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Published on Jul 11, 2014
How does the provision of transport and electricity need to change to make e-mobility a reality?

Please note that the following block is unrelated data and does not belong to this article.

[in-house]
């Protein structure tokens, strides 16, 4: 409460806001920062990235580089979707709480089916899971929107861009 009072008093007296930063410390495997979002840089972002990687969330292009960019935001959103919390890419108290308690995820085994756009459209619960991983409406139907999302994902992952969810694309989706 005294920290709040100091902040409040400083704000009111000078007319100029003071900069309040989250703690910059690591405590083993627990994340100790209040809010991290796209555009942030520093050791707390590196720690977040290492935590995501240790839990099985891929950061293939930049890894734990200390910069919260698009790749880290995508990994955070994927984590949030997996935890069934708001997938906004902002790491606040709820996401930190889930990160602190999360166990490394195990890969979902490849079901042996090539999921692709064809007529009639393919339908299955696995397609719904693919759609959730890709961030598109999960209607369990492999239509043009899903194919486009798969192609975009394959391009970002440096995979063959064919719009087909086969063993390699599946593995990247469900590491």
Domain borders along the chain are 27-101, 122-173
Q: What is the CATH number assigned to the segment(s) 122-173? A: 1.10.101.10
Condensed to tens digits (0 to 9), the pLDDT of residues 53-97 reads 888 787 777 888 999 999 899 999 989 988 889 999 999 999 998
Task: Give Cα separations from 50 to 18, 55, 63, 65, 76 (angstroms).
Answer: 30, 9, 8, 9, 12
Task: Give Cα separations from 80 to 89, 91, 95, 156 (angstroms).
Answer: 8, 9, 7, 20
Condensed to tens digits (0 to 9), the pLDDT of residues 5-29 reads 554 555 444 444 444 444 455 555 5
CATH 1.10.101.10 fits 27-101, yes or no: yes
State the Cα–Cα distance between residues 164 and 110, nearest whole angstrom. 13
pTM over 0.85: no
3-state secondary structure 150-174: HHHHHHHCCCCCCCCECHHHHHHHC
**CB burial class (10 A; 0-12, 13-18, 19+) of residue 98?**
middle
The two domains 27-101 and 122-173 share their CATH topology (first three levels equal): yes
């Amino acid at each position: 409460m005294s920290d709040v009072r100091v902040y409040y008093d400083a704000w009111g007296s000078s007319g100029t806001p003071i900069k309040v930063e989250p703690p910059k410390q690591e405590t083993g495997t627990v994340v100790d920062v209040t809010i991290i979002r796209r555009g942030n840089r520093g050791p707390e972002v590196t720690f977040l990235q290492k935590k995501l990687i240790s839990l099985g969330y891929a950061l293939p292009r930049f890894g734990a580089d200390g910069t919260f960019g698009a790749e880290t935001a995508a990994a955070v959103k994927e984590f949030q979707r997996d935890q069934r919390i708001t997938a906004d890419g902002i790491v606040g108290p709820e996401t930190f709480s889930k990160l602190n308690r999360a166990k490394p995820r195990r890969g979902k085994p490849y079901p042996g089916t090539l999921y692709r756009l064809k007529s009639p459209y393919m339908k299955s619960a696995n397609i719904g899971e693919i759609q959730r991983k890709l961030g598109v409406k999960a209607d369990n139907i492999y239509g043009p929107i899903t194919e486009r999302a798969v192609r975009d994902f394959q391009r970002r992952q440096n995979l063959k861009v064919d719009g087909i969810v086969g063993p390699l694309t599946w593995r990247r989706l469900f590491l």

Electrification is a promising route to low-carbon road transport. It requires major investments in the development of vehicles and infrastructure. But recent innovations in electricity distribution and load management may offer opportunities to spread investment costs, and the storage capacity of electric vehicles is attracting the interest of electricity suppliers. As the use of electric vehicles (EVs) grows, this new electricity load will need careful management. Otherwise plugging-in the car to recharge at the end of the daily commute could create major problems in coping with peak electricity demand. Electric utilities have begun to deploy "smart grid" technologies to better manage demand using intelligent metering systems and the internet to manage the use of household and office heating systems and appliances - saving energy, cutting CO2 emissions and shaving peak loads. Smart grids not only enable EV recharging to be scheduled intelligently but permit batteries to be used to help meet peak demand. Car batteries could have residual charge drawn down to run household appliances in the evening peak and then be recharged at night -- with a quick charge option for an evening trip. For vehicle-to-grid systems to meet their full potential, proponents suggest they should also be used to manage electricity supplied from intermittent renewable energy sources, such as wind and solar. The relatively short "storage window" available makes this a subject for debate. The session will bring together key players to shed light on the critical issues for developing vehicle-to-grid systems and making electric mobility seamless.